So I Just Saw Colonia

There is one thing you should know up front before you watch Colonia: it’s a totally watchable, highly engrossing movie, but the last twenty minutes are kind of bad.  They’re not bad in a “this movie is completely ruined” sort of way, but they just don’t really fit with the rest of the story that’s being told.  While I’m pretty sure the events of Colonia are fictional, they do revolve around a real place in Chile, Colonia Dignidad (or the Colony of Dignity), which was a commune for a religious cult that doubled as a prison camp for political prisoners of the Chilean dictator Augusto Pinochet.  This commune was overseen by Paul Schäfer, an ex-Nazi who abused multiple children over the course of his tenure as a clergyman, until the mid-’90s.  Since the film’s set in 1973 just after Pinochet has seized power, the story couldn’t end with Schäfer being exposed.  That makes historical sense, but it doesn’t explain why the filmmakers felt the need to turn the last twenty minutes into an actioney chase through an airport.


Colonia poster.jpg

I wouldn’t say “incredible.” More like, “pretty good until they get to the airport.” (Image credit: Wikipedia)

The plot of Colonia follows Lena and Daniel, a young couple who get caught up in Pinochet’s coup.  Daniel is living in Chile helping the supporters of President Salvador Allende, and Lena is visiting him while she’s on leave from her job as a flight attendant for Lufthansa; when the coup occurs, Daniel gets taken prisoner and named as part of the opposition to Pinochet, and so he’s driven away to Colonia for interrogation.  Lena investigates Colonia and decides that she’s going to join the cult in the hope of tracking Daniel down.  Lena succeeds in finding Daniel, but she also learns that escaping from Colonia is practically impossible.  Because this is a movie, they of course get to escape eventually; the tension is more in seeing them endure the abuse that Schäfer heaps on his followers.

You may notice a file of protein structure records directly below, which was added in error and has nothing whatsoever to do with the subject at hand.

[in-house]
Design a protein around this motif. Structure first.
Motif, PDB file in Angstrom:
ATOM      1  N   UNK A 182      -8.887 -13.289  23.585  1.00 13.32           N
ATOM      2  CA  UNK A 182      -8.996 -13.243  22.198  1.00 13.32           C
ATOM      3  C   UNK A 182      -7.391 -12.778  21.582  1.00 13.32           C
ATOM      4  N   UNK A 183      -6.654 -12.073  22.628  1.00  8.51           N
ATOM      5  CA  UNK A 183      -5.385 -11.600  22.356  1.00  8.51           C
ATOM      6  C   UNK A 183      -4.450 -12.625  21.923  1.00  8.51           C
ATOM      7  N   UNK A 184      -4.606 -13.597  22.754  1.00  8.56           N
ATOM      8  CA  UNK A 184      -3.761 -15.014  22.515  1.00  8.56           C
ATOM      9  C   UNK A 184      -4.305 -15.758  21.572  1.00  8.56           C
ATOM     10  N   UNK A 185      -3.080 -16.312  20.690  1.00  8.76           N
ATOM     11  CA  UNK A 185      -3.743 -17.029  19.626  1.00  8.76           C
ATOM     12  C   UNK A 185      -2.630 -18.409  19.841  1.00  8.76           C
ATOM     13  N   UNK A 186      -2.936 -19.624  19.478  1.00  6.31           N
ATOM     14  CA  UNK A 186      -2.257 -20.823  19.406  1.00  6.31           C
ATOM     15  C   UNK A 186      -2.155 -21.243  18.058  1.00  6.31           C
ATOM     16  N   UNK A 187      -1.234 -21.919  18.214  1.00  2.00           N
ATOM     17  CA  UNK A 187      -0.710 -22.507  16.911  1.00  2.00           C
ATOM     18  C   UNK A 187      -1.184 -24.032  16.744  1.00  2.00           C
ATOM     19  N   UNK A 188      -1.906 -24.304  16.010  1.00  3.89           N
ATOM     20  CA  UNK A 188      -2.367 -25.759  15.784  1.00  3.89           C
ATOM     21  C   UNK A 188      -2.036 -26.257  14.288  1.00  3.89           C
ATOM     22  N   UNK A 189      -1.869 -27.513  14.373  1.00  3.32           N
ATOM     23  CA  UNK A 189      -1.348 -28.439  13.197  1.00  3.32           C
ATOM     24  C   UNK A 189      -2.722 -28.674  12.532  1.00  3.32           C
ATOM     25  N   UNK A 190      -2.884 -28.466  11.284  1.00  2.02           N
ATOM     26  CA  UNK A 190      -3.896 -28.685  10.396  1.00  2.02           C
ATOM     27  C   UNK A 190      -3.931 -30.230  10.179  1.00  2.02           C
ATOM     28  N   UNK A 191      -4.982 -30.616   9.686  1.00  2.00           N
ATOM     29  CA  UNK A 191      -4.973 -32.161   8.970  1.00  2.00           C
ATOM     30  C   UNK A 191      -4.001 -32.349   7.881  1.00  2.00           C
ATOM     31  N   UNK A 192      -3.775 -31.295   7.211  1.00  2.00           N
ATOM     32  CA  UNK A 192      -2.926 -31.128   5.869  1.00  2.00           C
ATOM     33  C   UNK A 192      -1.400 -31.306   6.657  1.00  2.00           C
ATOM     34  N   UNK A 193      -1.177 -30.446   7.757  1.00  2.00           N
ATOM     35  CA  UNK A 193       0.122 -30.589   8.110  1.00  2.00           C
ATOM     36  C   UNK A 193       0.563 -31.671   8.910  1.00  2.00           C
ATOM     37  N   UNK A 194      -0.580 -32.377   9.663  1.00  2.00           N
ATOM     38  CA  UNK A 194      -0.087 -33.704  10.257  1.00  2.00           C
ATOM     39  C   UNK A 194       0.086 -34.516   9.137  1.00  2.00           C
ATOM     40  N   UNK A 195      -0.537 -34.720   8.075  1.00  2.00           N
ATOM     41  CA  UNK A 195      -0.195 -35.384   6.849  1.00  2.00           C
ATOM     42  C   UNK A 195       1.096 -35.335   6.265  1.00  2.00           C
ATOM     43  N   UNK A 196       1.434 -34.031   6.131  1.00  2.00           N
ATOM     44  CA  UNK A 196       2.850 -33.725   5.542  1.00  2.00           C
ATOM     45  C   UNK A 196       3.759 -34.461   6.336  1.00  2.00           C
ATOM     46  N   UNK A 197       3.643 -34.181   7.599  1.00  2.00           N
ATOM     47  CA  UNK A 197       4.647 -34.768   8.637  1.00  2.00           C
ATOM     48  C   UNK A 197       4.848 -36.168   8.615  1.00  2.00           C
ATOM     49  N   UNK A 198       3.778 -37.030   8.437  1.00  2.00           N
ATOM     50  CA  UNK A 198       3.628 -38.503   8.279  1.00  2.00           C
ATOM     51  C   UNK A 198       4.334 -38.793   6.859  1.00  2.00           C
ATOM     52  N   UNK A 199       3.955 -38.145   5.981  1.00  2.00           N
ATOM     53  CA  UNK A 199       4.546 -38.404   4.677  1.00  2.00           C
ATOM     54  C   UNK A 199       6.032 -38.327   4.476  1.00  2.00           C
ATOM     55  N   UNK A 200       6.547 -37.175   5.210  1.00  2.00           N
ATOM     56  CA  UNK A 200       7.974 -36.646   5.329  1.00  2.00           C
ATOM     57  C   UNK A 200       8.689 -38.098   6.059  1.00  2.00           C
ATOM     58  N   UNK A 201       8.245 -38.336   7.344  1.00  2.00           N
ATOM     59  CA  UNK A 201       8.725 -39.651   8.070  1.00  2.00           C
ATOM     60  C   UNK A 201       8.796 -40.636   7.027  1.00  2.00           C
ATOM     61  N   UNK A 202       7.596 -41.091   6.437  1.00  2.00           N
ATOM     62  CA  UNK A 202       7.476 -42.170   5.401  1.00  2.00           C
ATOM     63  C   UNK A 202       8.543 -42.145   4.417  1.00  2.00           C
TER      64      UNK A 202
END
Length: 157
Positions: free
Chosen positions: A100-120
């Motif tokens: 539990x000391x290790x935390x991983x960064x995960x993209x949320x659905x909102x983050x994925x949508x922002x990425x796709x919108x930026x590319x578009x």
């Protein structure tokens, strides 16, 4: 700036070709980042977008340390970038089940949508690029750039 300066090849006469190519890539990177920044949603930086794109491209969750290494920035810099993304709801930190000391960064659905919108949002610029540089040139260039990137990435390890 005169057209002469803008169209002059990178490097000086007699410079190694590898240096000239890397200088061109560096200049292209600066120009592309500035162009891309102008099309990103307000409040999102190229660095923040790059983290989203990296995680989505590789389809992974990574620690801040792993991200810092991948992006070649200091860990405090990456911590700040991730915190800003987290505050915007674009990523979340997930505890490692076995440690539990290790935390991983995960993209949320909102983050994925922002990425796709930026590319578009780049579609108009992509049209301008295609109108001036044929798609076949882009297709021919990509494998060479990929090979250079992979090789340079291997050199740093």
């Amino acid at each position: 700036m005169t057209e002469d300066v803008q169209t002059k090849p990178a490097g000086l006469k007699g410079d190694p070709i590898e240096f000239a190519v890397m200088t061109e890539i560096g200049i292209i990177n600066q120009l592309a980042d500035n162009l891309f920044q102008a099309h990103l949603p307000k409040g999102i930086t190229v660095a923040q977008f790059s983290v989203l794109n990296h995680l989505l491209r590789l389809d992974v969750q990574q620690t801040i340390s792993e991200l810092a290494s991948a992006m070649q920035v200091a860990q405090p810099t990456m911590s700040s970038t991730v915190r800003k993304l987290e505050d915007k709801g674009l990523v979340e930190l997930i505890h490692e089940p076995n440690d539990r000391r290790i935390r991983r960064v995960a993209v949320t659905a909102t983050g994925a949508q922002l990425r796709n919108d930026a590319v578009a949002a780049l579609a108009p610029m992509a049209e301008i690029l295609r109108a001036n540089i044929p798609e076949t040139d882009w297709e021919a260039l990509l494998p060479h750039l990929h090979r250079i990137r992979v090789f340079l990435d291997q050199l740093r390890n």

I could say something about Schäfer’s methods of abusing everyone, but they’re pretty well tread territory, at least for me.  He keeps the men, women, and children separate and teaches them that they all have specific roles to play in the community.  You have your typical set up of men receiving special privileges (in this case, getting to spend time with the leader and being allowed some recreational time) while women do the hard labor and get no personal freedoms, and the children exist in a perpetual state of terror as Schäfer sexually abuses them at his leisure.  It’s kind of horrifying to realize that there’s nothing here that’s new in the realm of spiritual abuse.  Still, the film is so well directed that you do feel all the dread and tension that Lena and Daniel are experiencing as prisoners in Colonia.

One thing that strikes me as particularly inexplicable is Lena and Daniel’s nationality.  I assumed that they were English throughout the movie, and so at the end when they flee to the West German embassy I was thoroughly confused.  They are apparently meant to be German like every other white person who appears, but neither of the actors speaks with a German accent.  I suppose it’s possible they simply didn’t have very good German accents and so didn’t affect them, but the contrast is striking.  Ultimately this is a minor quibble, but it still left me confused towards the end.

Overall I have very little else to say.  Colonia follows a pretty rote plot, but its acting and direction are good enough that you shouldn’t generally mind.  Even better, if you do choose to watch it you can just stop the movie after Lena and Daniel escape; that’s a perfectly satisfying place to leave them, and it saves the silliness of the airport escape and the passenger plane taking off from the airport without clearance from ground control.

So that’s a plus.


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